In the decision, the Committee requested that Venezuela declare the criminal proceedings against Allan Brewer Carías null and void, and that he be awarded adequate compensation. It also called for the State to take steps to prevent the recurrence of such violations.
Mr. Carías has been living in the United States since 2005, unable to return to his country for fear of being arrested and detained.
A 19 years case
The jurist was prosecuted in 2005 for his alleged involvement in the drafting of what is known as the “Carmona Decree”.
This decree ordered the establishment of a transitional government after a coup d’état in Venezuela in April 2002, which saw the late President Hugo Chávez ousted from office for 47 hours, before he was restored to power.
According to Mr. Carías, he received a call in the early hours of 12 April 2002 from Pedro Carmona Estanga, the opposition leader installed by the military, who requested his urgent legal opinion.
Mr. Carías said he was taken to the Fort Tiuna military complex in Caracas where he was shown the draft decree, with which he completely disagreed and played no part in drawing up.
In January 2005, he was charged with “conspiracy to alter the Constitution through violent means” for his role in the “discussion, preparation, drafting and presentation” of the decree.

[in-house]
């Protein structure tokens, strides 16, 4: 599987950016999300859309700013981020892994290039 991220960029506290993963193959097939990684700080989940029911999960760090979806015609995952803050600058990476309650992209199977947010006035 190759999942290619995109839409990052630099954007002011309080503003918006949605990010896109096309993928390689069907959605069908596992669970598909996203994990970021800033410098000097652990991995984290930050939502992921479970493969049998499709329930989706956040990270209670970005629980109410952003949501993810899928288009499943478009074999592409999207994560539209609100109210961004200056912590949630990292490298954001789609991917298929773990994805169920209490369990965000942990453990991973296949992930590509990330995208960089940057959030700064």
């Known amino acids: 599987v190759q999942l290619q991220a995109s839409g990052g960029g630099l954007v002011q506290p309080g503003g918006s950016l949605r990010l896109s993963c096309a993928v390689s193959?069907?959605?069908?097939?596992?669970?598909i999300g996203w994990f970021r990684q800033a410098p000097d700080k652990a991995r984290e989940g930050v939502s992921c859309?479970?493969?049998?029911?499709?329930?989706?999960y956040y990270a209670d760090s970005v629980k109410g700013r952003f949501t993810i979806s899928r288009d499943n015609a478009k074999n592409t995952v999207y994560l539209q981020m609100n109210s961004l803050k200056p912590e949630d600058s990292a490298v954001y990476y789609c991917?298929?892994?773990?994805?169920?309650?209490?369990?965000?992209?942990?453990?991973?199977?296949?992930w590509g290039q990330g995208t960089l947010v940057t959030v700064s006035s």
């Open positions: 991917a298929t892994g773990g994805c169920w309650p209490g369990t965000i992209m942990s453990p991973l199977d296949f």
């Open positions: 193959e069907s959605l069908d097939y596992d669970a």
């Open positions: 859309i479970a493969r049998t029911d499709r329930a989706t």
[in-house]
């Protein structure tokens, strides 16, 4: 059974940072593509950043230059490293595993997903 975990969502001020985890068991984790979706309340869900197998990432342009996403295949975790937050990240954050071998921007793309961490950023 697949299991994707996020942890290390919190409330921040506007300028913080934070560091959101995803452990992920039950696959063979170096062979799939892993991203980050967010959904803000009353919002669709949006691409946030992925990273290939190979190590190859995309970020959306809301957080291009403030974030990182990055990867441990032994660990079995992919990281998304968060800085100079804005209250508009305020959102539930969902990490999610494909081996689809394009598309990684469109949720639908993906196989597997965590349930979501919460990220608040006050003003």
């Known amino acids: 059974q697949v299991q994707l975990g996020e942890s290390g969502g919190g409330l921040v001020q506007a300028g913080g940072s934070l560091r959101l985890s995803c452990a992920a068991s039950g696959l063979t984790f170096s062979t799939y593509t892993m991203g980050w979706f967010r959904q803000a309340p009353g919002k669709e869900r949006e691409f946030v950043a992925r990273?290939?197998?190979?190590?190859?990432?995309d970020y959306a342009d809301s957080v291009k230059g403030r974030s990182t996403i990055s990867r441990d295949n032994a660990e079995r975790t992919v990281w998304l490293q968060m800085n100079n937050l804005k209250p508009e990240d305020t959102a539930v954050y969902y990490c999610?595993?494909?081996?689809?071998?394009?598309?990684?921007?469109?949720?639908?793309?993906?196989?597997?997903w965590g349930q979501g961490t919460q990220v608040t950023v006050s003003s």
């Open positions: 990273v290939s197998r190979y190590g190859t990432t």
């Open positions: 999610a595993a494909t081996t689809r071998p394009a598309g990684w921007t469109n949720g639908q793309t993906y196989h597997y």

During criminal proceedings in the following months, according to Mr. Carías, all the prosecutors and judges involved in his case were temporary Government appointees.
The jurist left Venezuela for the United States in September 2005.
In June 2006, the Provisional Supervisory Judge issued an indictment against him and ordered him to be placed in pre-trial detention.
After repeated and unsuccessful attempts to challenge his indictment, he announced that he would not return to Venezuela until his right to due process could be ensured.
Mr. Carías brought his complaint to the Human Rights Committee in December 2016.
From the information provided by the jurist, the Committee found that Mr. Carías was not afforded the right to be tried by an independent tribunal, in violation of International Covenant on Civil and Political Rights.
In a statement, Committee member Carlos Gómez Martínez said that “judicial authorities need to be able to work independently and free from undue interference or influence from the executive agencies.”
“It is of extreme importance to the Committee that the right to be tried by an independent tribunal encompasses the independence of prosecutors,” he added.